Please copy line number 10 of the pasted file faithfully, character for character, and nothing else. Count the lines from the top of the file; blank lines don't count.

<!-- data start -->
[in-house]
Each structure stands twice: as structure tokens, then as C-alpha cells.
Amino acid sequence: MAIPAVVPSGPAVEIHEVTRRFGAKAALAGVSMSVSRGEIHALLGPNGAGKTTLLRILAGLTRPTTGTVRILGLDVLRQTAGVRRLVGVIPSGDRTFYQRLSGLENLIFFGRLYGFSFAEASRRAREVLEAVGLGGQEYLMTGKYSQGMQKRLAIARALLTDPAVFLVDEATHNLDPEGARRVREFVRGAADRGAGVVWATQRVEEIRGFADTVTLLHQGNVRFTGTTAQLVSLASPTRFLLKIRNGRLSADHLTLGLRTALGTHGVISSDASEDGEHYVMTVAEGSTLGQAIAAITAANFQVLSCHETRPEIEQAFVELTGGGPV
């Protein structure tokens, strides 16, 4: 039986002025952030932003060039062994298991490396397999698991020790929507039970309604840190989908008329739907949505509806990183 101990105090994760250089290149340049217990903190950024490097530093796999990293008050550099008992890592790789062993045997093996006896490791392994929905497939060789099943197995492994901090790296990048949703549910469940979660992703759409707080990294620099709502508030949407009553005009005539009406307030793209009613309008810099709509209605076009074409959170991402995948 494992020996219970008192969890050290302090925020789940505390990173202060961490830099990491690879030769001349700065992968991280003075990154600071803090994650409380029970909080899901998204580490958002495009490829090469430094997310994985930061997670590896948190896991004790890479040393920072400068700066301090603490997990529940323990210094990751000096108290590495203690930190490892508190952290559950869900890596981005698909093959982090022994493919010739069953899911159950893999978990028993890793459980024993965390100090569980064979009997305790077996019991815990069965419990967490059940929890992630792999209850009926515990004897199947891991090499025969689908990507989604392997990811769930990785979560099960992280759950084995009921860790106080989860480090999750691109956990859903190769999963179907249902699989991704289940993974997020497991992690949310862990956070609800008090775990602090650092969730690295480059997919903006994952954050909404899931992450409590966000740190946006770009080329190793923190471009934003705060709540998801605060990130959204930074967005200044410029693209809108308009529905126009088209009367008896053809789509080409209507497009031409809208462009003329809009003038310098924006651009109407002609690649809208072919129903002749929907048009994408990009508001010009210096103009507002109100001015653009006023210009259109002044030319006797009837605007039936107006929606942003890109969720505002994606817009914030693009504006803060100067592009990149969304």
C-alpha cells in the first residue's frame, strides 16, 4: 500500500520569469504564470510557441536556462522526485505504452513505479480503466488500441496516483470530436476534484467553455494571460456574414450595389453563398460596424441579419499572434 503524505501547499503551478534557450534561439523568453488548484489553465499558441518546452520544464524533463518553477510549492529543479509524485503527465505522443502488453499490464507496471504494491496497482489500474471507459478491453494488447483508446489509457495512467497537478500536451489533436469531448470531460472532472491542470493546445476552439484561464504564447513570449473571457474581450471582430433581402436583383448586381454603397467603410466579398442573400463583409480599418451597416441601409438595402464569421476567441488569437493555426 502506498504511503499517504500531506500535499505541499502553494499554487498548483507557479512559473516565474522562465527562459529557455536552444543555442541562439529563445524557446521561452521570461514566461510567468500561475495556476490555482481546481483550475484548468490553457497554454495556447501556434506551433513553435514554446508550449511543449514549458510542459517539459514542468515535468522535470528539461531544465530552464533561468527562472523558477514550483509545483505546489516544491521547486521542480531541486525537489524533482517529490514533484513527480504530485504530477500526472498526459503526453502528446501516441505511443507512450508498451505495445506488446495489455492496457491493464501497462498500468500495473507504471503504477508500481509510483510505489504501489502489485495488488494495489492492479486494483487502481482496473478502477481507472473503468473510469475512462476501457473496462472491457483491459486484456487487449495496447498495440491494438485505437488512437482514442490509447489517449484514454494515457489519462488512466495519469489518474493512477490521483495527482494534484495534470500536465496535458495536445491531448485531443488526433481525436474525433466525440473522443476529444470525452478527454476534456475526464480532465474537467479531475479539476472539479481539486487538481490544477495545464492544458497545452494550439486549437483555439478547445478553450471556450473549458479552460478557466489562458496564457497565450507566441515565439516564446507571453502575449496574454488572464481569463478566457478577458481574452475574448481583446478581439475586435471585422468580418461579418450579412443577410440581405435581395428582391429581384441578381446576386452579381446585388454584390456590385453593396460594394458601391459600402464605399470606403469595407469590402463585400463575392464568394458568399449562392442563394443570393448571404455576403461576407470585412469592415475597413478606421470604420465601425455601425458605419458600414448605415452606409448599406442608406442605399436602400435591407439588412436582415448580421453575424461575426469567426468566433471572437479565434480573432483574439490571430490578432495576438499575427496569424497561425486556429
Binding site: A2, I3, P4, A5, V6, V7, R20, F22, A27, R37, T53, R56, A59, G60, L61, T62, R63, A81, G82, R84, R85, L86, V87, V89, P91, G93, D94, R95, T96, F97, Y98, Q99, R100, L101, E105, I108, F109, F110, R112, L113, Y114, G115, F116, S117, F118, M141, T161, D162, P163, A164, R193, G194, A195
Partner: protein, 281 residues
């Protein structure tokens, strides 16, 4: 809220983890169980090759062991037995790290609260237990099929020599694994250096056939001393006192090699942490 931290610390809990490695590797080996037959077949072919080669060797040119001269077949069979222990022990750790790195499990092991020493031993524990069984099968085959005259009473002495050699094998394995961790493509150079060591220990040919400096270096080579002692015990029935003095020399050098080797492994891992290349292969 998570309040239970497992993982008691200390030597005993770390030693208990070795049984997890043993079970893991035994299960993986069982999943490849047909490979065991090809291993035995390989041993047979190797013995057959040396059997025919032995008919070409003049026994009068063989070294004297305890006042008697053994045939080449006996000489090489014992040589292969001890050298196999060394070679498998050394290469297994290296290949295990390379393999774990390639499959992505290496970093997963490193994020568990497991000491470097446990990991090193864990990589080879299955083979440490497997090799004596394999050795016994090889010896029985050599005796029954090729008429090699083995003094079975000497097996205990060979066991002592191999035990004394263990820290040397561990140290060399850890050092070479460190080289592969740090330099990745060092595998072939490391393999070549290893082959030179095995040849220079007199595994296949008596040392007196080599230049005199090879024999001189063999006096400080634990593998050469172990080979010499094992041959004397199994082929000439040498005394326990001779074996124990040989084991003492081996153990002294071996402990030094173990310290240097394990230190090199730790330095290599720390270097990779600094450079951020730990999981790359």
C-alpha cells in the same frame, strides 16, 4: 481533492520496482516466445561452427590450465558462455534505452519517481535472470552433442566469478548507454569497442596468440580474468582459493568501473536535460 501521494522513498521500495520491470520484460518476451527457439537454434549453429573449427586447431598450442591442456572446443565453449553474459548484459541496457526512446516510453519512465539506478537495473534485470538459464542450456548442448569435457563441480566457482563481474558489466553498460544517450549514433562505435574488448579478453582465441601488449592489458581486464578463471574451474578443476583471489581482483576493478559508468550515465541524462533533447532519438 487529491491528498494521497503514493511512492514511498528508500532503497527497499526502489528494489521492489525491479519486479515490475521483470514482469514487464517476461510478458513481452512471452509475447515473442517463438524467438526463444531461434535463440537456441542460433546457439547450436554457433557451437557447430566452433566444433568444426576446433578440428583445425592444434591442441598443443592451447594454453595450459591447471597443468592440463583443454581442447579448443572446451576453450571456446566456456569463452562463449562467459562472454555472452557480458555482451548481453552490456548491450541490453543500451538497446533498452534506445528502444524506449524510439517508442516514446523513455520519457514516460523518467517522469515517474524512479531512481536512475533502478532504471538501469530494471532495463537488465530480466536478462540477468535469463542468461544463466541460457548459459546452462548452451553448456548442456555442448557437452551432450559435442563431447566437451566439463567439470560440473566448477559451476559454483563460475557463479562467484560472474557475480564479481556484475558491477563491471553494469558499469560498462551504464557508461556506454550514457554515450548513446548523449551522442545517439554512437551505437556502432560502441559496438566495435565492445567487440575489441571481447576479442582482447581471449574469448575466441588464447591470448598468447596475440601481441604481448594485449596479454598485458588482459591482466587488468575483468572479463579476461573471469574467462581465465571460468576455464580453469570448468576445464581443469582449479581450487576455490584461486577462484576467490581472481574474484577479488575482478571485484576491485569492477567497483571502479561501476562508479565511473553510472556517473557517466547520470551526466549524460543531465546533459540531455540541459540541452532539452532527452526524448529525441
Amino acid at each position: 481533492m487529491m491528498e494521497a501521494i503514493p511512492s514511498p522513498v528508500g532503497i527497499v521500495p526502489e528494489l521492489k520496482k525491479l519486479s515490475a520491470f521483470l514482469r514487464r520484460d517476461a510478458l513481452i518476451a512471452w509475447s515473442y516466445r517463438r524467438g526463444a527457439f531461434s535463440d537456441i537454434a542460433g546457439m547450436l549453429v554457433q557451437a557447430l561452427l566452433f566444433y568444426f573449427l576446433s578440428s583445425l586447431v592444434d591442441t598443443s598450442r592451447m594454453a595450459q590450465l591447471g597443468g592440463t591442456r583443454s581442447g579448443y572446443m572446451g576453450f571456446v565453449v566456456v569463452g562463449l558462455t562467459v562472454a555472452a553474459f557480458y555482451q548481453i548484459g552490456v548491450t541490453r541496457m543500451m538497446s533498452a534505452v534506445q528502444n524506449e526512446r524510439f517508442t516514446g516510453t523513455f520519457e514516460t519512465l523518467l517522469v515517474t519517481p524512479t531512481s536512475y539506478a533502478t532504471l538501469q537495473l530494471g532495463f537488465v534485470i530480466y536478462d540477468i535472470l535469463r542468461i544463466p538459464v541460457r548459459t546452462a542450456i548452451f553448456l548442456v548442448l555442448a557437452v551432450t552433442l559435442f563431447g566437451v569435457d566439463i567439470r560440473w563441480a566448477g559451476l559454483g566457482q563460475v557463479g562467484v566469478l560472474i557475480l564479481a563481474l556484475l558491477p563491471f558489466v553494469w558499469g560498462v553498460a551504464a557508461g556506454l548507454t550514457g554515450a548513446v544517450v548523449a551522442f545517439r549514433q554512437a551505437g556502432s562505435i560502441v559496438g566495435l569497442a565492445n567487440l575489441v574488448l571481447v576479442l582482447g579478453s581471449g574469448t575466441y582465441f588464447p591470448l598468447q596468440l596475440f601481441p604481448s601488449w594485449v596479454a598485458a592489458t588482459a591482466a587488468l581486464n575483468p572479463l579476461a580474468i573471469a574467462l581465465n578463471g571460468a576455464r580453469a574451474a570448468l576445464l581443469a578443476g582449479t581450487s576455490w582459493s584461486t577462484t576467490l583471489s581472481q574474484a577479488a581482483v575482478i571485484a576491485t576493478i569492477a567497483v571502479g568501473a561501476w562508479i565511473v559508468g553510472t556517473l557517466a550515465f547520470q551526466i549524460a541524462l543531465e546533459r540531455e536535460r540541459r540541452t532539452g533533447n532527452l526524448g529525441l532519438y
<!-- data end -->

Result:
Amino acid at each position: 481533492m487529491m491528498e494521497a501521494i503514493p511512492s514511498p522513498v528508500g532503497i527497499v521500495p526502489e528494489l521492489k520496482k525491479l519486479s515490475a520491470f521483470l514482469r514487464r520484460d517476461a510478458l513481452i518476451a512471452w509475447s515473442y516466445r517463438r524467438g526463444a527457439f531461434s535463440d537456441i537454434a542460433g546457439m547450436l549453429v554457433q557451437a557447430l561452427l566452433f566444433y568444426f573449427l576446433s578440428s583445425l586447431v592444434d591442441t598443443s598450442r592451447m594454453a595450459q590450465l591447471g597443468g592440463t591442456r583443454s581442447g579448443y572446443m572446451g576453450f571456446v565453449v566456456v569463452g562463449l558462455t562467459v562472454a555472452a553474459f557480458y555482451q548481453i548484459g552490456v548491450t541490453r541496457m543500451m538497446s533498452a534505452v534506445q528502444n524506449e526512446r524510439f517508442t516514446g516510453t523513455f520519457e514516460t519512465l523518467l517522469v515517474t519517481p524512479t531512481s536512475y539506478a533502478t532504471l538501469q537495473l530494471g532495463f537488465v534485470i530480466y536478462d540477468i535472470l535469463r542468461i544463466p538459464v541460457r548459459t546452462a542450456i548452451f553448456l548442456v548442448l555442448a557437452v551432450t552433442l559435442f563431447g566437451v569435457d566439463i567439470r560440473w563441480a566448477g559451476l559454483g566457482q563460475v557463479g562467484v566469478l560472474i557475480l564479481a563481474l556484475l558491477p563491471f558489466v553494469w558499469g560498462v553498460a551504464a557508461g556506454l548507454t550514457g554515450a548513446v544517450v548523449a551522442f545517439r549514433q554512437a551505437g556502432s562505435i560502441v559496438g566495435l569497442a565492445n567487440l575489441v574488448l571481447v576479442l582482447g579478453s581471449g574469448t575466441y582465441f588464447p591470448l598468447q596468440l596475440f601481441p604481448s601488449w594485449v596479454a598485458a592489458t588482459a591482466a587488468l581486464n575483468p572479463l579476461a580474468i573471469a574467462l581465465n578463471g571460468a576455464r580453469a574451474a570448468l576445464l581443469a578443476g582449479t581450487s576455490w582459493s584461486t577462484t576467490l583471489s581472481q574474484a577479488a581482483v575482478i571485484a576491485t576493478i569492477a567497483v571502479g568501473a561501476w562508479i565511473v559508468g553510472t556517473l557517466a550515465f547520470q551526466i549524460a541524462l543531465e546533459r540531455e536535460r540541459r540541452t532539452g533533447n532527452l526524448g529525441l532519438y